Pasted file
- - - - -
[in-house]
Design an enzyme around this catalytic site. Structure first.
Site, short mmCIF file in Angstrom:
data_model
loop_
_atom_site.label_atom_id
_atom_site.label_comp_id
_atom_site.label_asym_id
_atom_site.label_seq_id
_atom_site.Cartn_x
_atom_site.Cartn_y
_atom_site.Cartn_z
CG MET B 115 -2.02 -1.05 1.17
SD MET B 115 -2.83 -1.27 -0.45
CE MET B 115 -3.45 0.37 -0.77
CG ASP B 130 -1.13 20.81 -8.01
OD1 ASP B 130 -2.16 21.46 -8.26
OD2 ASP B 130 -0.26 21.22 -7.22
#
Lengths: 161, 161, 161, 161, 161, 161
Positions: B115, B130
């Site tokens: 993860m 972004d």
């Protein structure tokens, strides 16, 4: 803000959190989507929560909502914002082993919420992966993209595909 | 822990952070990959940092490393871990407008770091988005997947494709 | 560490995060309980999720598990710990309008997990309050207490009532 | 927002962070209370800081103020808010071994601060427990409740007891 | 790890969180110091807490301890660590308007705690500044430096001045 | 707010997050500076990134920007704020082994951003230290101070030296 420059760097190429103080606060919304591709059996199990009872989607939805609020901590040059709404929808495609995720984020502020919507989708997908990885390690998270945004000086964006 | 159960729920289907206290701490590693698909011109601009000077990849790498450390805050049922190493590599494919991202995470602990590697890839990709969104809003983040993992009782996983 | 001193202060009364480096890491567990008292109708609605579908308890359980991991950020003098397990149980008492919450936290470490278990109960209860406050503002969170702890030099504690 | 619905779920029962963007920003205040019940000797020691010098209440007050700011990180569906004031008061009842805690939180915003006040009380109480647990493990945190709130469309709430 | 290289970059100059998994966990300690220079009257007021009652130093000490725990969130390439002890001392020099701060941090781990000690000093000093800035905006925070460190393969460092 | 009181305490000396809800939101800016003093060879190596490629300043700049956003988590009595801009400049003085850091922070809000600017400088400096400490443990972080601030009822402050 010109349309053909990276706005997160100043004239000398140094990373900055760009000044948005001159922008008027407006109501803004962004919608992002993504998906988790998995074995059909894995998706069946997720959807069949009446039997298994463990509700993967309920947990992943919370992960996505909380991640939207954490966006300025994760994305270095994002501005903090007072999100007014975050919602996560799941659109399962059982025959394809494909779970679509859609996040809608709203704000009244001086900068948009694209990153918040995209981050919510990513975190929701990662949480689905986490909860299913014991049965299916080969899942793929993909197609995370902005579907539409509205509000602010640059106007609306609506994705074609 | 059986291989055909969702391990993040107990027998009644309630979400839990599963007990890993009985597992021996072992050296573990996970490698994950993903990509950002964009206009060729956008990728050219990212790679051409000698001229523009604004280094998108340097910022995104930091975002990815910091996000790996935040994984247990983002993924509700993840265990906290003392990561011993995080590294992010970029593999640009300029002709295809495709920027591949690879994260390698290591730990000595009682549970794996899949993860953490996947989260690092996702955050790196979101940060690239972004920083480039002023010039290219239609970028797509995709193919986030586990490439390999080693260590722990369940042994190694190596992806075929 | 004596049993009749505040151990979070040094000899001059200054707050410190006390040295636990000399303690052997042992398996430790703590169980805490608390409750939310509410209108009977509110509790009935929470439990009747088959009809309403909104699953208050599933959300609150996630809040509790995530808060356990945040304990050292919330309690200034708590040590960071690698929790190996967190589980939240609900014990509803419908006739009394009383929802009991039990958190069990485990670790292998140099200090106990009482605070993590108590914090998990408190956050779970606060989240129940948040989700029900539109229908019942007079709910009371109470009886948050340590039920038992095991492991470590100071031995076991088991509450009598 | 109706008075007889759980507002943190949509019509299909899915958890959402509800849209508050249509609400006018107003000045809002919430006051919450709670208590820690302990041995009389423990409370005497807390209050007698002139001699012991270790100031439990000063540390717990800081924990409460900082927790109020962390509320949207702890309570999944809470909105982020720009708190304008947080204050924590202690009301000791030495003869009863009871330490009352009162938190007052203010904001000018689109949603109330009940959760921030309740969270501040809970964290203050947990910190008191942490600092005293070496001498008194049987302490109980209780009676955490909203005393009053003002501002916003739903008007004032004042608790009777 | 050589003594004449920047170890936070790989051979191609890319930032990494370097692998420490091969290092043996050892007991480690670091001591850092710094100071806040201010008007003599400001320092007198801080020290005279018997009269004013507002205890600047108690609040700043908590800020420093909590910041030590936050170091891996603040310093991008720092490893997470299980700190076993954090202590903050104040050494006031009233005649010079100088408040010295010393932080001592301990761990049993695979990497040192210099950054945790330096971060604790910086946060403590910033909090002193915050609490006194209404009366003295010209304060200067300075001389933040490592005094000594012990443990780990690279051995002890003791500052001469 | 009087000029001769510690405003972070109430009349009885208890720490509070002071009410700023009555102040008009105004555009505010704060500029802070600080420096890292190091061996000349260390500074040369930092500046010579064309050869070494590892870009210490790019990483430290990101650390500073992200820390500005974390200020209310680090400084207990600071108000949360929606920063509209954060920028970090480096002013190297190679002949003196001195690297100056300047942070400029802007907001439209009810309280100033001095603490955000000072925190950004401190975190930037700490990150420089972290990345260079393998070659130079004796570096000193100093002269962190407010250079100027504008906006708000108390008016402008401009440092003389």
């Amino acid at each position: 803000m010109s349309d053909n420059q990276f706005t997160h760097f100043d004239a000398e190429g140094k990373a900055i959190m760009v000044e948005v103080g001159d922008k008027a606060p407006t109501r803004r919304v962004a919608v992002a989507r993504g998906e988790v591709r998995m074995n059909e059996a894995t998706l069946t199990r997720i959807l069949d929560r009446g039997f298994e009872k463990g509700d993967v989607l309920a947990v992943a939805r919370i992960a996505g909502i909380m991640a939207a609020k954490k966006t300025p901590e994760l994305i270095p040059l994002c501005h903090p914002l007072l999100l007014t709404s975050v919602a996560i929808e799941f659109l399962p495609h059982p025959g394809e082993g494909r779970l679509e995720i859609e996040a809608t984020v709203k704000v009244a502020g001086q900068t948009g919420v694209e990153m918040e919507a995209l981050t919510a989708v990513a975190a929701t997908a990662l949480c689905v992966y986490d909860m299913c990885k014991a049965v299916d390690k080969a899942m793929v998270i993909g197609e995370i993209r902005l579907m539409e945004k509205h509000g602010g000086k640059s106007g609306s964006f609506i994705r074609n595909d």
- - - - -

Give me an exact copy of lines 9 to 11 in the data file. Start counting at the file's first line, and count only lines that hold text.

_atom_site.label_seq_id
_atom_site.Cartn_x
_atom_site.Cartn_y